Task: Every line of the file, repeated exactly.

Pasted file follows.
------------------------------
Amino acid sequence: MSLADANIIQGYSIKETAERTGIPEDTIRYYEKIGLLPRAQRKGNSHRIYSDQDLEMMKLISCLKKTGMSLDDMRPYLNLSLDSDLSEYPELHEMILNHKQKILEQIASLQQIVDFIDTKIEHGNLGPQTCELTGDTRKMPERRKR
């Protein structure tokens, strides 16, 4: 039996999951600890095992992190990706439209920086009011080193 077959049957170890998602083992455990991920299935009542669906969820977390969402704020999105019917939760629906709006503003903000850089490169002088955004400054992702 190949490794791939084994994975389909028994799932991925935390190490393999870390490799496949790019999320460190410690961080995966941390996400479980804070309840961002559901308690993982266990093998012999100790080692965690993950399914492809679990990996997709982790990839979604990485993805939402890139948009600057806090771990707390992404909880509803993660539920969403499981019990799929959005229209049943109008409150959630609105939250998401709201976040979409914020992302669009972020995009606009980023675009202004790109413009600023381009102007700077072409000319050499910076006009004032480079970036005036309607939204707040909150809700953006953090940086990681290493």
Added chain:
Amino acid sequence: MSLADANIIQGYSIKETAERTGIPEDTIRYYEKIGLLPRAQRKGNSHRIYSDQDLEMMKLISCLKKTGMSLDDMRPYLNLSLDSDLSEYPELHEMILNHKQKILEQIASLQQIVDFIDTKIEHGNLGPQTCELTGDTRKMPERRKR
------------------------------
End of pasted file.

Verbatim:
Amino acid sequence: MSLADANIIQGYSIKETAERTGIPEDTIRYYEKIGLLPRAQRKGNSHRIYSDQDLEMMKLISCLKKTGMSLDDMRPYLNLSLDSDLSEYPELHEMILNHKQKILEQIASLQQIVDFIDTKIEHGNLGPQTCELTGDTRKMPERRKR
């Protein structure tokens, strides 16, 4: 039996999951600890095992992190990706439209920086009011080193 077959049957170890998602083992455990991920299935009542669906969820977390969402704020999105019917939760629906709006503003903000850089490169002088955004400054992702 190949490794791939084994994975389909028994799932991925935390190490393999870390490799496949790019999320460190410690961080995966941390996400479980804070309840961002559901308690993982266990093998012999100790080692965690993950399914492809679990990996997709982790990839979604990485993805939402890139948009600057806090771990707390992404909880509803993660539920969403499981019990799929959005229209049943109008409150959630609105939250998401709201976040979409914020992302669009972020995009606009980023675009202004790109413009600023381009102007700077072409000319050499910076006009004032480079970036005036309607939204707040909150809700953006953090940086990681290493």
Added chain:
Amino acid sequence: MSLADANIIQGYSIKETAERTGIPEDTIRYYEKIGLLPRAQRKGNSHRIYSDQDLEMMKLISCLKKTGMSLDDMRPYLNLSLDSDLSEYPELHEMILNHKQKILEQIASLQQIVDFIDTKIEHGNLGPQTCELTGDTRKMPERRKR